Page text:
I struggled a great deal with writing in my early college years and for some time even into graduate school. I would never have written a blog, for example, as a freshman in college because I simply could not write well. I would have loved the idea of having my writing be public, but I know I would have sat and stared at the screen.

I can vividly recall sitting in the office of New University at UCI trying to write up a quick story on some event that happened the day before, but I struggled for an hour to put together about a dozen sentences on a demonstration I had been a part of. It was not a matter of not knowing what had transpired but of not having the phrases and clauses to put the piece together.

Writing well was not so much a matter of having the words well thought out and sounding somewhat intelligent, but was more a matter of just feeling comfortable with the words, phrases and clauses that I needed to compose. The use of grammatical structures was simply something I was not able to undertake with any confidence.

Watching someone write fluently was much like watching someone speak Finnish or Chinese. It just did not make sense to me and seemed so foreign at so many levels.

Now I find it relatively easy to write. I cannot say I write well since I have reread enough of my work to know it is far too often filled with non-sensical phrases and clauses, but writing today is nothing like writing at UCI so many years ago. So what happened over the course of a few years?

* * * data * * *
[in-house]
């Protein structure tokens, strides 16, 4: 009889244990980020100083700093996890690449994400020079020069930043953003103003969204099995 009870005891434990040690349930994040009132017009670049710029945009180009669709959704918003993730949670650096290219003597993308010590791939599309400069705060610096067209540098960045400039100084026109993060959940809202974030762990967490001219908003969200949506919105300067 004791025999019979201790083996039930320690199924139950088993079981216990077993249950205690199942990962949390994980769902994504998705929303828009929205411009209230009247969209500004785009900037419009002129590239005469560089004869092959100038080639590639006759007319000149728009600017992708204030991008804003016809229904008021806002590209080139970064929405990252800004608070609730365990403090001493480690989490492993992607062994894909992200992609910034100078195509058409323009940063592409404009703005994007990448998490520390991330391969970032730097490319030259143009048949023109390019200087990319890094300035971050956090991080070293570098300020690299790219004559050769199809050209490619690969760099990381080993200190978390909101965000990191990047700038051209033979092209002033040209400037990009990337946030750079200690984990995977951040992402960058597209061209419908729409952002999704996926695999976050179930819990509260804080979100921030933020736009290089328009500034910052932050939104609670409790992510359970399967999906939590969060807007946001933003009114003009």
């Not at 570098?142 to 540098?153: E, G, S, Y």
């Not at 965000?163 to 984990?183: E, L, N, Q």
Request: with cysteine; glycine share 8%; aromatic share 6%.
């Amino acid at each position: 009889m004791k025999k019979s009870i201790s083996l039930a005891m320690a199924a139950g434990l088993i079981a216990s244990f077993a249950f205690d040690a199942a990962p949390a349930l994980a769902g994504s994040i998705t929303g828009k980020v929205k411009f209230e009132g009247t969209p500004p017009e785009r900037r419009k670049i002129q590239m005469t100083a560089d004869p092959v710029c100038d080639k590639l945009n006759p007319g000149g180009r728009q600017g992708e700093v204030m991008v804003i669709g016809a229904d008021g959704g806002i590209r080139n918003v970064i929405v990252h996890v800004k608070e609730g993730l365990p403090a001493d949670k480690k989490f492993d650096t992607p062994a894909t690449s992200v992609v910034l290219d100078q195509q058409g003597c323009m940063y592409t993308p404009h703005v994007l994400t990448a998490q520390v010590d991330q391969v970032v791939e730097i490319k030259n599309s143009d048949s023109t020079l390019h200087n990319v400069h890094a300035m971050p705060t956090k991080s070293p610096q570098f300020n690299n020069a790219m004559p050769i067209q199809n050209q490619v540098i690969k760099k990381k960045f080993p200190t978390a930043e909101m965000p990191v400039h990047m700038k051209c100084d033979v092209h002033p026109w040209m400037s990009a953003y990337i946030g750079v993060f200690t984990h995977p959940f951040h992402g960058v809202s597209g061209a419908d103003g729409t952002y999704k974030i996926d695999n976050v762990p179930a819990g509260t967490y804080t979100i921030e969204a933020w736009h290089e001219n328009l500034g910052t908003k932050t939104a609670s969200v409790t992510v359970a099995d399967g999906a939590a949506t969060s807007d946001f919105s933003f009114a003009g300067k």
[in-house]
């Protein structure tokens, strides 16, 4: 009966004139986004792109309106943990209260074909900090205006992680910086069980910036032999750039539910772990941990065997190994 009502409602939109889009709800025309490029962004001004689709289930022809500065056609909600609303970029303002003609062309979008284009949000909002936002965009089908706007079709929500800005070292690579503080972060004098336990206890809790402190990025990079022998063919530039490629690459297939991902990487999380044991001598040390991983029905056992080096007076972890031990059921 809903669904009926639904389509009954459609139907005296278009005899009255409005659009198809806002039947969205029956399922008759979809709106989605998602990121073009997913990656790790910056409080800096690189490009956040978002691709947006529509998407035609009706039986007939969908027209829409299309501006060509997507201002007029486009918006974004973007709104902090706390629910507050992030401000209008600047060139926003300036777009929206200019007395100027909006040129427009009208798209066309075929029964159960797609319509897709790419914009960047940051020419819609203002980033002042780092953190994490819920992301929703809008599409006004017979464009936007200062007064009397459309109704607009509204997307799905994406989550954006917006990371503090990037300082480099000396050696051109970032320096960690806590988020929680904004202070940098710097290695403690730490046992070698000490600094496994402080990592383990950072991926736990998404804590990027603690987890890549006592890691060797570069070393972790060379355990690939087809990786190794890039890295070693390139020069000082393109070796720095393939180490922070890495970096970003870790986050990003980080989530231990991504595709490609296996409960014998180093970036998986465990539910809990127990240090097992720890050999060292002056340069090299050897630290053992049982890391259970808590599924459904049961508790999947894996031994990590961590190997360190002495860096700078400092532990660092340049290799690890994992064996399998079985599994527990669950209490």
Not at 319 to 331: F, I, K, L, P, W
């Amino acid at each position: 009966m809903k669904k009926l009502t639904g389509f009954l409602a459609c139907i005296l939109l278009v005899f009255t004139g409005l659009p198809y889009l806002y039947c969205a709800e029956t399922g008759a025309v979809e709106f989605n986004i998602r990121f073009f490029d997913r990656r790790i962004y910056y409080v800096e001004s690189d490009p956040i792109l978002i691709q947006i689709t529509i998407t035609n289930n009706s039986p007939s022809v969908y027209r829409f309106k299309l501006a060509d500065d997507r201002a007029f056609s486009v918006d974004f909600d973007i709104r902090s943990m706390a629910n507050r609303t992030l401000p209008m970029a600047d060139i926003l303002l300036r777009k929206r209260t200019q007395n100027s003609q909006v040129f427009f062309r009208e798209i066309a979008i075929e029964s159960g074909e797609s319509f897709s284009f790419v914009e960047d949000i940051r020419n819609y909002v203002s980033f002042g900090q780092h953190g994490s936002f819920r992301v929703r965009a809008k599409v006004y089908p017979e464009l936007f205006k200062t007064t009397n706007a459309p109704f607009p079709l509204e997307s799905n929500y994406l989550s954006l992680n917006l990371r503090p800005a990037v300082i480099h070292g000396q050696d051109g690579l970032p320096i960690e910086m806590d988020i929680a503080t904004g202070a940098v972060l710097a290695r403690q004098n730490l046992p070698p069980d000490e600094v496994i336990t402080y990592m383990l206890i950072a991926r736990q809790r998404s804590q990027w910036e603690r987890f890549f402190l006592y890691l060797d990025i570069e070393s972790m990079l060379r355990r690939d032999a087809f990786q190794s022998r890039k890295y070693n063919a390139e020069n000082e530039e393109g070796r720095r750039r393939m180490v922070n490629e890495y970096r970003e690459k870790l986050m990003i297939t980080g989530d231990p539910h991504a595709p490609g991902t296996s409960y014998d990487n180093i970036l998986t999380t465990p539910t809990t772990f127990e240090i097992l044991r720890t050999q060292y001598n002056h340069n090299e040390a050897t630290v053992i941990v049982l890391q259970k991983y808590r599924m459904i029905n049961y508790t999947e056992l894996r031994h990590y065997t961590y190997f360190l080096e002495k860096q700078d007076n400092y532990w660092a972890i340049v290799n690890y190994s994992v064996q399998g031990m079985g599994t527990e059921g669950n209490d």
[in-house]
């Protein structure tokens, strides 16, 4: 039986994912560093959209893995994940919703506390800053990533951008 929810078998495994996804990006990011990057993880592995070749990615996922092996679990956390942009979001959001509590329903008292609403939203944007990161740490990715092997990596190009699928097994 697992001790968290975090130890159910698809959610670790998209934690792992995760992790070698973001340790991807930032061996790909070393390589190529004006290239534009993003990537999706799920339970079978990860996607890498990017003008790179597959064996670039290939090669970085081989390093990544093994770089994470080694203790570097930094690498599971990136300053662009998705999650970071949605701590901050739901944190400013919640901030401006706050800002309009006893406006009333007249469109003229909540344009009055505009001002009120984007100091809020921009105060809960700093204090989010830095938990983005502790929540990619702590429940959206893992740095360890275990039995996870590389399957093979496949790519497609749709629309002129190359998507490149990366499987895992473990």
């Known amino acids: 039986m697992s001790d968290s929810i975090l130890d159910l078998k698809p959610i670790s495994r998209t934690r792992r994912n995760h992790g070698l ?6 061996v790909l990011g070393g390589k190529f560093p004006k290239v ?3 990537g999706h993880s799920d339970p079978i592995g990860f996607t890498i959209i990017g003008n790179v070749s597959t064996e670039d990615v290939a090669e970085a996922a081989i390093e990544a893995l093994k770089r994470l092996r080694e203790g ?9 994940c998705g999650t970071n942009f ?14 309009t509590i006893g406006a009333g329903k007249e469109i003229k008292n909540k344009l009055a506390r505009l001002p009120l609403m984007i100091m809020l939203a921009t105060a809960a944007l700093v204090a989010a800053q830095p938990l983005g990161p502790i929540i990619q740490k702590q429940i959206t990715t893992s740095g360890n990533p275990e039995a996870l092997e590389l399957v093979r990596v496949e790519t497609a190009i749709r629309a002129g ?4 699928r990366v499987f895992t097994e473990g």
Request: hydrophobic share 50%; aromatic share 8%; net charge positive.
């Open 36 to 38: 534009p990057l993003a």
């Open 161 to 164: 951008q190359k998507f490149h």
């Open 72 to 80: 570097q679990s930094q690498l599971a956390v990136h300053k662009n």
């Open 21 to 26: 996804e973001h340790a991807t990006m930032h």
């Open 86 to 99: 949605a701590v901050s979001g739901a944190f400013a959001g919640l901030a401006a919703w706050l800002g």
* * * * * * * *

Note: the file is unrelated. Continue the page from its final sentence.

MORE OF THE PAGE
I do not know for certain, but I know it was not a matter of learning some concept or following someone else’s directions. I did undertake a good deal of writing while in graduate school in the 1990’s, but I also started writing at message boards a good deal during the 2000s. My penchant for combativeness and argumentation had me posting frequently and at length.

My sense is that I became familiar with using not just certain words but with using certain phrase and clause structures in my writing. Fluency in speech seems to be some thing that is easy enough to recognize, but fluency is writing seems to be something few people discuss. My sense is that it is developed in much the same way that verbal fluency is developed in second language students. Basically, practice breeds internalization of certain grammatical structures.